I recently took one of those Facebook quizzes because it honestly called my attention (there goes my English getting more Spanish!) The result was feriante – someone who loves the April Fair, six straight days of dancing and drinking. I like drinking and dancing is something that happens when I drink too much, so this holiday was clearly invented for my own enjoyment.
The following day was the celebration of Sevilla’s patron saint, San Fernando. The Real de la Feria was hasta las trancas with people, many of them dressed in typical flamenco gowns or riding suits. Horse carriages and horses march in and out of the portada and to the bull ring, where there’s a corrida daily. I went with Kelly to a friend of Kike’s from his village, where we danced Sevillanas and drank rebujito. I right away felt welcome by Fabian, Carlos and Julian. We did our normal caseta-hopping, going to see Melissa’s friend, Carlos, Susana and Alfonso, Jessica’s boyfriend. Dressed up and dripping Spanish from my tongue, I danced and drank and had a great time.
And it showed the next day in my face. Vaya cara de sueno! I spent the whole day craving a nap, but decided instead to follow some of my coworkers to the fairgrounds. After a quick beer at Serafin’s, we went to the portada by day – white with yellow accents and looking like the front of a Feria tent. Against the blue sky, it was beautiful, and it was fun going to the fair with first-timers like Raul and Lourdes. After a quick walk around, we went to one of the nicest casetas I’ve ever been in – it looked like a home with its mirrors and fancy dining room flanked with bull heads. We ate croquetas, tortillas, puntas de solomillo and other Andalusian foods for less than six euros a head. In this caseta, there was a raised dancefloor and there was a little girl not older than seven in a short pink traje who danced better than all of the women aorund her.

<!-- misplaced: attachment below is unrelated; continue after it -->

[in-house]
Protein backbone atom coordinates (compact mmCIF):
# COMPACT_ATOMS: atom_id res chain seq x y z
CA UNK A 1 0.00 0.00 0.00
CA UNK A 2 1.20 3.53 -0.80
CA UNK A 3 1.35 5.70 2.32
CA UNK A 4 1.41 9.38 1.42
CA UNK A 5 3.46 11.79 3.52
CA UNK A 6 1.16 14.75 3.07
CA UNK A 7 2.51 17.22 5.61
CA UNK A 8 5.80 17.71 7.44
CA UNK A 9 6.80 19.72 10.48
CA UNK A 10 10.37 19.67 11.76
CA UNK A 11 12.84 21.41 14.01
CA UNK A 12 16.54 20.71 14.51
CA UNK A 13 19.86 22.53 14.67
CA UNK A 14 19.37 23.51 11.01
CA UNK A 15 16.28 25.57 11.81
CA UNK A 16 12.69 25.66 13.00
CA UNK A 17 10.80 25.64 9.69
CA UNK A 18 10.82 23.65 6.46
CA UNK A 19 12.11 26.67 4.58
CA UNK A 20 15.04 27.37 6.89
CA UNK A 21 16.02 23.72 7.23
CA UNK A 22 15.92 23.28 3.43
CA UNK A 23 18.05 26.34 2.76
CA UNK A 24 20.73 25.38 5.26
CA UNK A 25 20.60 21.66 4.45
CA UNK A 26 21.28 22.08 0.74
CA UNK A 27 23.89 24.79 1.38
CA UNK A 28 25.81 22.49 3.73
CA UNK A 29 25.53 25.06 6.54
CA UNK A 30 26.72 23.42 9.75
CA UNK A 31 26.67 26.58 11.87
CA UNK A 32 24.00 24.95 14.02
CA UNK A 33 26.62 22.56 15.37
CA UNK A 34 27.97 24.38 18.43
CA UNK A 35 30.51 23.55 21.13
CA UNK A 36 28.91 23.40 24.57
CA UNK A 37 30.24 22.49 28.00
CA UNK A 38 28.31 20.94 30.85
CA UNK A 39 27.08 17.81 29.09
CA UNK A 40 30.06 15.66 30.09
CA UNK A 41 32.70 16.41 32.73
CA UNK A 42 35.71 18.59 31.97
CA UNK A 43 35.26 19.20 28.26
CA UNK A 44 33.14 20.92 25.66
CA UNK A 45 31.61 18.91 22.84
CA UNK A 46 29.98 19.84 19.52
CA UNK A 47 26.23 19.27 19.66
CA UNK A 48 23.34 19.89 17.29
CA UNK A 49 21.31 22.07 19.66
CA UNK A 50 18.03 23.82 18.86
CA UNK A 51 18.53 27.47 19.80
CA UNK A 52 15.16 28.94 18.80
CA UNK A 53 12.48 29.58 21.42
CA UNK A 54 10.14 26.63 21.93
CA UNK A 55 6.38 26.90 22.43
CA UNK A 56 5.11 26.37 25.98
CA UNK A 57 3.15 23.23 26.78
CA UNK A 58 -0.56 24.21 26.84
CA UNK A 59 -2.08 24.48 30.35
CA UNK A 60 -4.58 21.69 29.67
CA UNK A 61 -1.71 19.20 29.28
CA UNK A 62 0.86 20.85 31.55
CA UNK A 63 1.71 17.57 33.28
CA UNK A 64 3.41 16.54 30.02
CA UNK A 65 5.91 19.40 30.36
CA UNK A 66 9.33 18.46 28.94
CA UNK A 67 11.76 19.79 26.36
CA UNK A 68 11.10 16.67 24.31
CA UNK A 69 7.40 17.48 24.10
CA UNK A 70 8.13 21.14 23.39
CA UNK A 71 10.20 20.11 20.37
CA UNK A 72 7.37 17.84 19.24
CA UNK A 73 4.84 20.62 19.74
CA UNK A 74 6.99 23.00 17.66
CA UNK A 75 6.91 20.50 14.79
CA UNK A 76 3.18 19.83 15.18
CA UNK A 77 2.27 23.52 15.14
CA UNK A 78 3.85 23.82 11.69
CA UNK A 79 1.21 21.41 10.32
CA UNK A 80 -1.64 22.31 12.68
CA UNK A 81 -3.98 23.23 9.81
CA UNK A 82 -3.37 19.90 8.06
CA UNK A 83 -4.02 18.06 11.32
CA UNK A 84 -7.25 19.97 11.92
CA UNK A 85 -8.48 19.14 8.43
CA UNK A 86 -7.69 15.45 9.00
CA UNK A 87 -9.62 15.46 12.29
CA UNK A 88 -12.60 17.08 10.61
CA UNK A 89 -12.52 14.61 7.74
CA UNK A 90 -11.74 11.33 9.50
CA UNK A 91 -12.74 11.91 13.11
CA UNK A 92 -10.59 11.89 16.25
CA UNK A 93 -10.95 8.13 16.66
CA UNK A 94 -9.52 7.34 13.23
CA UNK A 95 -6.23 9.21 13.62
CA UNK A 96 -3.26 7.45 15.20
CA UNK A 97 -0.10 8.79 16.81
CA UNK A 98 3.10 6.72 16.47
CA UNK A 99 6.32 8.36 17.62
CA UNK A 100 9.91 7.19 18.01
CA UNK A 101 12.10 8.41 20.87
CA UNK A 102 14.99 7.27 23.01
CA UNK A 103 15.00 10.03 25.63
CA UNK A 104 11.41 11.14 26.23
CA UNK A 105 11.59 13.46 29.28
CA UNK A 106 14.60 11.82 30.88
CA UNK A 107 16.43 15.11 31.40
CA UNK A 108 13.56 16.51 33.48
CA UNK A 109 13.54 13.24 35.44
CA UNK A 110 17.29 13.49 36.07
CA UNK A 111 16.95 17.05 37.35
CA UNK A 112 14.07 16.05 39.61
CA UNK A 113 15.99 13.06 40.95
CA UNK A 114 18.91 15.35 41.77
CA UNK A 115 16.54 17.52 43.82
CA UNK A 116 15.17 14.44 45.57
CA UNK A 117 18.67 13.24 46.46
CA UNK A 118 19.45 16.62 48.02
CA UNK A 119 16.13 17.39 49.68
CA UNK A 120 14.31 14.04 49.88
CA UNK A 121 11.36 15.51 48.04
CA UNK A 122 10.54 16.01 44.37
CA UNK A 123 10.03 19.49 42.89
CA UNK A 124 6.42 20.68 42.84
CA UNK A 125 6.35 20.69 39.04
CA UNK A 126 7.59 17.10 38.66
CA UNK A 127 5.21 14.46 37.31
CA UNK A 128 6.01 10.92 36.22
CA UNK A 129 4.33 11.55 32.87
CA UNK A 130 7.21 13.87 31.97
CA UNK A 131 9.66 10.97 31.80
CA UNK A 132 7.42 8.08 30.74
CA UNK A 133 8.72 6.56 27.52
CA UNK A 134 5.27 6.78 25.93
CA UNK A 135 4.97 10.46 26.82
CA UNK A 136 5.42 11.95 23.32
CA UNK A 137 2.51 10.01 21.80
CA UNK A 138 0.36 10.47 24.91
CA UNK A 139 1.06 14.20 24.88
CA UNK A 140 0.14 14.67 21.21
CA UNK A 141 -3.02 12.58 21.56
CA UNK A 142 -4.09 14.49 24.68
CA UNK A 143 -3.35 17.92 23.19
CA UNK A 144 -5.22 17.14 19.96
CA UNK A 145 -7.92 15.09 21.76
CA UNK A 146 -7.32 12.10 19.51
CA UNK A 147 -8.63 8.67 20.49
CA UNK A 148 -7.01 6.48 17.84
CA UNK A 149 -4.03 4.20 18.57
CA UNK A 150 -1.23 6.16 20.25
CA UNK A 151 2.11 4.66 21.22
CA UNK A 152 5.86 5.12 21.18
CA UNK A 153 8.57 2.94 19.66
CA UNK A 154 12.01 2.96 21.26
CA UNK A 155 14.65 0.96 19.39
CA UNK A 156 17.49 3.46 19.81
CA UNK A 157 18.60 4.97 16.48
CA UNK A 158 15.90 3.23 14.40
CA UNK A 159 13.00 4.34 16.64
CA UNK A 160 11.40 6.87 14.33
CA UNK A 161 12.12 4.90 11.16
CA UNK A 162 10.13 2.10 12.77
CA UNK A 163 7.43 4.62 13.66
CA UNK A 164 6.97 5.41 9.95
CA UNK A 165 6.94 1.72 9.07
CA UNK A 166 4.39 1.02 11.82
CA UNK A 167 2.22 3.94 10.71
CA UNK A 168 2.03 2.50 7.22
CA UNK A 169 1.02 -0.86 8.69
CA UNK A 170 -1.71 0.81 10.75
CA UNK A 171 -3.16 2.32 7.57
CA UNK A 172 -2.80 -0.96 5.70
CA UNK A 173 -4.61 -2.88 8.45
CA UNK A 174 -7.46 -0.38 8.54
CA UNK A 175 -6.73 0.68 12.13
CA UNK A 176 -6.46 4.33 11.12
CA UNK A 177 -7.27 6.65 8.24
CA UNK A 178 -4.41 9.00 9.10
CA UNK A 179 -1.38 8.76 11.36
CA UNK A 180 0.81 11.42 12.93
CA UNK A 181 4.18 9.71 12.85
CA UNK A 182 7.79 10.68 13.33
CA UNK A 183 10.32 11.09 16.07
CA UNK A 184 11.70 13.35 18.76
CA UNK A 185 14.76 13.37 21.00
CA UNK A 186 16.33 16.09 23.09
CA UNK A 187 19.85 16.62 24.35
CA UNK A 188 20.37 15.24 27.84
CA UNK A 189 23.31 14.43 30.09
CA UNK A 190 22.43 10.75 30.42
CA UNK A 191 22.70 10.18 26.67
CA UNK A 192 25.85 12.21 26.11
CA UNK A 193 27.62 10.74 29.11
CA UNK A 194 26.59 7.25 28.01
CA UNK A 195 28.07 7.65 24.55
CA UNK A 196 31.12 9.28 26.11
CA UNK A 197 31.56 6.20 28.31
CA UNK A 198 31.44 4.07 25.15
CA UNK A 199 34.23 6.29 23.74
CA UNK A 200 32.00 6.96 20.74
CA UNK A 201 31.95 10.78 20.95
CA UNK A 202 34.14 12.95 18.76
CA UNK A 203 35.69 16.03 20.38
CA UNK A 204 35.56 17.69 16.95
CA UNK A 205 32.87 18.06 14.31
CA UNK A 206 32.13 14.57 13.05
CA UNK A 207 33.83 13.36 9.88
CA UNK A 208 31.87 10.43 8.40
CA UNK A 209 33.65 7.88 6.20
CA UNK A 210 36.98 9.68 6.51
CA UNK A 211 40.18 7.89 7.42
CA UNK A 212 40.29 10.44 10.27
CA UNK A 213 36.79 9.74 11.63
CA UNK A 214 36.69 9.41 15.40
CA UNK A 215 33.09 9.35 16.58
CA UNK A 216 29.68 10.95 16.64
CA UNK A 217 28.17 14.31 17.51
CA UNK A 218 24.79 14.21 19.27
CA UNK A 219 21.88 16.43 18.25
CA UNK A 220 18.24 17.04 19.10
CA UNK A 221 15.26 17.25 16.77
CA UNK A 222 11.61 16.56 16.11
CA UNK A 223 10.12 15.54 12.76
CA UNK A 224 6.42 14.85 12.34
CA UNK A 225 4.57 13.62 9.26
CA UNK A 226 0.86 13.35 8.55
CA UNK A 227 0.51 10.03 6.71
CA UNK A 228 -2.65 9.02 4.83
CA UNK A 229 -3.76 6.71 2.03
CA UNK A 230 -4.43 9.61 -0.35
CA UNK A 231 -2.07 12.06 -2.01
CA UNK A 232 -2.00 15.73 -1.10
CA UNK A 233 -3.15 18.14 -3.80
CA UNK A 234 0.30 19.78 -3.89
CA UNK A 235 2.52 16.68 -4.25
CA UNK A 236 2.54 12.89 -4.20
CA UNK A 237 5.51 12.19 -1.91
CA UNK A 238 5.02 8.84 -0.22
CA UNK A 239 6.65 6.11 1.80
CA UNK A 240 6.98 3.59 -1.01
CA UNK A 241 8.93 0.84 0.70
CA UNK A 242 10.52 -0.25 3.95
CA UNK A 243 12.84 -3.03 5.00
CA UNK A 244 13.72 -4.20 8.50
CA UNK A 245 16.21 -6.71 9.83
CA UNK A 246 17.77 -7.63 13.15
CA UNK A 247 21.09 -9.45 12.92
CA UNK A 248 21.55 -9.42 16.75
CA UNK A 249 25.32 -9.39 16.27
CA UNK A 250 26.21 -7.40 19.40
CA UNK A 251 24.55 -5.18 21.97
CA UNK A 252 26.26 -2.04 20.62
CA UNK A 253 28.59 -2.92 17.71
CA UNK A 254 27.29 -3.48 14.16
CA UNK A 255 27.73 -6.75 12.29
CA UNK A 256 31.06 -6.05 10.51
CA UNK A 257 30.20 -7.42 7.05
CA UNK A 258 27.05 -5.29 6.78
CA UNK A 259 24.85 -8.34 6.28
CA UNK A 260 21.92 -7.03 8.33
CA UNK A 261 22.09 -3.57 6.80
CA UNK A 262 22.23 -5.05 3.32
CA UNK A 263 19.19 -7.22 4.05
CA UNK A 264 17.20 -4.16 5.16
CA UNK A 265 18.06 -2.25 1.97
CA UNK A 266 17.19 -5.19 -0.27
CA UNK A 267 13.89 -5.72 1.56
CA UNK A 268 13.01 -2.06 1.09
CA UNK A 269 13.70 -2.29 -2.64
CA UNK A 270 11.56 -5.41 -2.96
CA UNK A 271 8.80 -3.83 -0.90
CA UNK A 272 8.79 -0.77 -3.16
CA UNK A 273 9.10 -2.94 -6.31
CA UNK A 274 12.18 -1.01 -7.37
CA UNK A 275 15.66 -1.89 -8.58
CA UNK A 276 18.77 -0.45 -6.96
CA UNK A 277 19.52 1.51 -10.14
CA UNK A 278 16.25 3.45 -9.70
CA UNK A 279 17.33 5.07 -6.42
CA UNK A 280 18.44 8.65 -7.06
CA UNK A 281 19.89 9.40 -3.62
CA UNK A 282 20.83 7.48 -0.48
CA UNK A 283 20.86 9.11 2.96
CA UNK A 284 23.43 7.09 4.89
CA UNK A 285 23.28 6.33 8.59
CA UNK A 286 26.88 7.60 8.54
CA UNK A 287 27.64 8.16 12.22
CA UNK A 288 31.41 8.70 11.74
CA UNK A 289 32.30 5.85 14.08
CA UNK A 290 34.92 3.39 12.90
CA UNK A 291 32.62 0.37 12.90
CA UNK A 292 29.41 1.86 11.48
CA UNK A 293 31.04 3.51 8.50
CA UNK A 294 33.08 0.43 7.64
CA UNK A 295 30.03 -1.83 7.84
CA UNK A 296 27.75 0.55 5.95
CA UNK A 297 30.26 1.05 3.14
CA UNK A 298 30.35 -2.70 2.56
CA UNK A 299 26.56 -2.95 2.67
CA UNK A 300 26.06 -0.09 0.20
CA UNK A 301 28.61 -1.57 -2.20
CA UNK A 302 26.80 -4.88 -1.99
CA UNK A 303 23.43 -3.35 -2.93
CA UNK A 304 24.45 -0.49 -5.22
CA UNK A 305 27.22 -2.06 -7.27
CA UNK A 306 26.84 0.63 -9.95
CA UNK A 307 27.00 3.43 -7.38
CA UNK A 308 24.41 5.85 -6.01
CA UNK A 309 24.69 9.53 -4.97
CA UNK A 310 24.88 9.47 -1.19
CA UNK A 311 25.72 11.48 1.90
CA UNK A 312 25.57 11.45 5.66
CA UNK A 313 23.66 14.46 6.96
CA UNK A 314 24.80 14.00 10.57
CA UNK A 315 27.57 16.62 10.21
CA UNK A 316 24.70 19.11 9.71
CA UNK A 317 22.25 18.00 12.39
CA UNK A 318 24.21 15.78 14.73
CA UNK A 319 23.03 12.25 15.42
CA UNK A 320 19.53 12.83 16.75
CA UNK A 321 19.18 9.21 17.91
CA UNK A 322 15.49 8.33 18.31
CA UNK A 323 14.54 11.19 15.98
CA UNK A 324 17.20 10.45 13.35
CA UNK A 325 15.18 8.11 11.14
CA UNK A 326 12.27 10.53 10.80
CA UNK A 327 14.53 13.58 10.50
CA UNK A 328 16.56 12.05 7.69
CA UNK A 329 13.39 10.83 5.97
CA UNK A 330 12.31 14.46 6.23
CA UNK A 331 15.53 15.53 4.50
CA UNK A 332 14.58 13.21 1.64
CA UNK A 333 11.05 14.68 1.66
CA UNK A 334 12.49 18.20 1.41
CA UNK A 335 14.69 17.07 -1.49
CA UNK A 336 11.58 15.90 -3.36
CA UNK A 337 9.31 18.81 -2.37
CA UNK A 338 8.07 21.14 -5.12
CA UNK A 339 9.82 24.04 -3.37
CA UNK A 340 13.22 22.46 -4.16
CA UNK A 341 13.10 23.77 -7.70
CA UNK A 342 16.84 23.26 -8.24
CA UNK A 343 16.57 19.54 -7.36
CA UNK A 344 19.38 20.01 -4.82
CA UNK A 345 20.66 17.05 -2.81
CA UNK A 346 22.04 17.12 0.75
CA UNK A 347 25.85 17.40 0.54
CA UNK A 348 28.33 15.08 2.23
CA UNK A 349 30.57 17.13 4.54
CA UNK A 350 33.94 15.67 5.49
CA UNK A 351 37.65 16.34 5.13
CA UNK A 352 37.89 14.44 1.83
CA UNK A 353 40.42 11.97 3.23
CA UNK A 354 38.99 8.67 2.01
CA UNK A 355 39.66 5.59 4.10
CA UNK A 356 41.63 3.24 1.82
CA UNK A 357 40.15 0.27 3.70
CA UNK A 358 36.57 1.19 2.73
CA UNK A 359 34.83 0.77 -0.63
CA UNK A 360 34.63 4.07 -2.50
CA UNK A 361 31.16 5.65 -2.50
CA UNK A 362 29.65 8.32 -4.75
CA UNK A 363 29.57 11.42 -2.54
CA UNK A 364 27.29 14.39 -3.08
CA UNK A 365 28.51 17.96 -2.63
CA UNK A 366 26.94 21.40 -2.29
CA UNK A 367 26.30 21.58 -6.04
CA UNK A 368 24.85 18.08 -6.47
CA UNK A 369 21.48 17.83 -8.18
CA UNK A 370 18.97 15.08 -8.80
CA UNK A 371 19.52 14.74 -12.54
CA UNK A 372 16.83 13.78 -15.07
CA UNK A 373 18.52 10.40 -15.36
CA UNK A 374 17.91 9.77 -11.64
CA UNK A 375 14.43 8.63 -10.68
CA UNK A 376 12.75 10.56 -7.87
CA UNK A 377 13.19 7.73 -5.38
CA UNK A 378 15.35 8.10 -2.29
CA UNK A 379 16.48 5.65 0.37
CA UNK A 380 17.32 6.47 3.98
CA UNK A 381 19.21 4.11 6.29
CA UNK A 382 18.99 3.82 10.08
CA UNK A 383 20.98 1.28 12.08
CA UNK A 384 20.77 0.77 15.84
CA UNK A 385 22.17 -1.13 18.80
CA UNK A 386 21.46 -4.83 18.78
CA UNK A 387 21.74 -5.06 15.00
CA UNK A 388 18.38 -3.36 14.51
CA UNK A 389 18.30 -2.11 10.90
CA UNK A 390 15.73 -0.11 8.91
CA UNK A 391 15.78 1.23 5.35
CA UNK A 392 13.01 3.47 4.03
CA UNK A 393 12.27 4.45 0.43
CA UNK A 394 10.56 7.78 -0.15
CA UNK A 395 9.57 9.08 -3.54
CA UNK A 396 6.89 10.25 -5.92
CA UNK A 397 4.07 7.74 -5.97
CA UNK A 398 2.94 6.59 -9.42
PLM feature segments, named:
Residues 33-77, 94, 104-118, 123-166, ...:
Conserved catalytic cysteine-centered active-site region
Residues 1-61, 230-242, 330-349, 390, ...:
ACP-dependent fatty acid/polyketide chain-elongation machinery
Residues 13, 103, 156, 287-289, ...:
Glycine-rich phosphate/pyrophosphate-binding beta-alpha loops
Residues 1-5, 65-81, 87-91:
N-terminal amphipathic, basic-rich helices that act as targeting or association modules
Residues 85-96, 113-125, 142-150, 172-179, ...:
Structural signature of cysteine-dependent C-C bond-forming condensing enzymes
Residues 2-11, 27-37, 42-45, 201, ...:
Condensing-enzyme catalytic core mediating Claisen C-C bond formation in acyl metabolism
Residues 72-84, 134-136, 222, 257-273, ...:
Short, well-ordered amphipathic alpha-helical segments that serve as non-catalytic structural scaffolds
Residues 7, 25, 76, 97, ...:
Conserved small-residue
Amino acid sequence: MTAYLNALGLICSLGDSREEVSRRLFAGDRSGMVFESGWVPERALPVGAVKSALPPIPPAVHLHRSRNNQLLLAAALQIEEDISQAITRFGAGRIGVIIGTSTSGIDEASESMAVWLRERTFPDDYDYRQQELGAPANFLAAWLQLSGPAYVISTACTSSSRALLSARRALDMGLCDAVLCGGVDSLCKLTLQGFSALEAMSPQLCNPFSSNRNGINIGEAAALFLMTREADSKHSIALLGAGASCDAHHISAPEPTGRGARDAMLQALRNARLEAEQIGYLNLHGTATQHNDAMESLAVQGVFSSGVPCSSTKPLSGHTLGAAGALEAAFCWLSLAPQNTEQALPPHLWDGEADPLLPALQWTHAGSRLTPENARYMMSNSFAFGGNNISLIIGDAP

We went to Calle del Infierno, a huge amusement park where gypsies sell carnations and toys, kids play drop the crane for prizes and two gigantic ferris wheels spin on either end. We walked through the stalls and hamburger stands, marveling at girls in trajes riding on the rollercoasters without managing to mess up their hair (LACA’d up!).
Although I didn’t notice it so much until the weekend, it was clear that the financial meltdown affected the fair – there was a sign in most casetas called “A Feria Goer’s Manual Against the Crisis” with a guide to saving money (I didn’t bring my horse this year because they wouldn’t allow it on the metro, etc.) On Saturday especially, the fairgrounds were empty and the casetas half full. It’s odd to think about how the crisis has affected everything here, and I experience it every single day. I’m really happy to have a job because of it!
I am sick of writing about this because I’m still so tired from Feria and this weekend, so I will just include some more pictures. I pretty much spent the week running in and out of casetas, drinking rebujito but being more careful this year to stay sober and alternate with beer or pop, dancing sevillanas (I even succeeded in getting Kike to dance, though I’m sure he did only because he was drunk) and hosting Jeremy and Isabel, two friends who teach in Madrid, for the weekend. I really enjoyed myself, and I think now I’m able to stand on my own two feet here. I impressed people with my musing of saying I was from Chicago de la Frontera (a take on a town called Chiclana de la Frontera), firing off Spanish puns and dancing with mucho arte. Even though Kike was only down for a few days,I had no problems entertaining my roommates and coworkers and friends.
Que viva la Feria!! I’m already thinking of the color complementos I want for next year!